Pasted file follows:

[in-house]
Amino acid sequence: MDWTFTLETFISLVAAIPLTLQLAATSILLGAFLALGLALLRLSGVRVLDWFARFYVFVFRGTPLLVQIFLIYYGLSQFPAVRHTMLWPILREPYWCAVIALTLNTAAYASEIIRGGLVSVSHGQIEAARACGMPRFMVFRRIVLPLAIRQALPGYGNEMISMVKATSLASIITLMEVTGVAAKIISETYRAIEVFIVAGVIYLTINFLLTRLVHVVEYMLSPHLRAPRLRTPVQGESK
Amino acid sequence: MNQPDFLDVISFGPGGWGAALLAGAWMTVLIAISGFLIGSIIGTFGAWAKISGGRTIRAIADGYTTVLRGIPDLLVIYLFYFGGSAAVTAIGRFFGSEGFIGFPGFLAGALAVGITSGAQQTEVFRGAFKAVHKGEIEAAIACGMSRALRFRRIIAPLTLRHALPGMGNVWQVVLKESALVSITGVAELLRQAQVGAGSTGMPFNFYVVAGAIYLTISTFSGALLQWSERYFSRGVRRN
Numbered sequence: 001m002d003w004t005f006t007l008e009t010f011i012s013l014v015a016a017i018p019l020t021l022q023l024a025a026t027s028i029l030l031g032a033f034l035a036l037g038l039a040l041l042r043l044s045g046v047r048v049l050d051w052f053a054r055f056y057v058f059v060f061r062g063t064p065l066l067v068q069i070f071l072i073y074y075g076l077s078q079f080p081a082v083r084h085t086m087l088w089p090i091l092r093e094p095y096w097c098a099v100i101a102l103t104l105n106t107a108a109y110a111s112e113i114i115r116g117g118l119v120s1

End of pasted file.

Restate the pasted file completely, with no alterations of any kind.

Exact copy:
[in-house]
Amino acid sequence: MDWTFTLETFISLVAAIPLTLQLAATSILLGAFLALGLALLRLSGVRVLDWFARFYVFVFRGTPLLVQIFLIYYGLSQFPAVRHTMLWPILREPYWCAVIALTLNTAAYASEIIRGGLVSVSHGQIEAARACGMPRFMVFRRIVLPLAIRQALPGYGNEMISMVKATSLASIITLMEVTGVAAKIISETYRAIEVFIVAGVIYLTINFLLTRLVHVVEYMLSPHLRAPRLRTPVQGESK
Amino acid sequence: MNQPDFLDVISFGPGGWGAALLAGAWMTVLIAISGFLIGSIIGTFGAWAKISGGRTIRAIADGYTTVLRGIPDLLVIYLFYFGGSAAVTAIGRFFGSEGFIGFPGFLAGALAVGITSGAQQTEVFRGAFKAVHKGEIEAAIACGMSRALRFRRIIAPLTLRHALPGMGNVWQVVLKESALVSITGVAELLRQAQVGAGSTGMPFNFYVVAGAIYLTISTFSGALLQWSERYFSRGVRRN
Numbered sequence: 001m002d003w004t005f006t007l008e009t010f011i012s013l014v015a016a017i018p019l020t021l022q023l024a025a026t027s028i029l030l031g032a033f034l035a036l037g038l039a040l041l042r043l044s045g046v047r048v049l050d051w052f053a054r055f056y057v058f059v060f061r062g063t064p065l066l067v068q069i070f071l072i073y074y075g076l077s078q079f080p081a082v083r084h085t086m087l088w089p090i091l092r093e094p095y096w097c098a099v100i101a102l103t104l105n106t107a108a109y110a111s112e113i114i115r116g117g118l119v120s1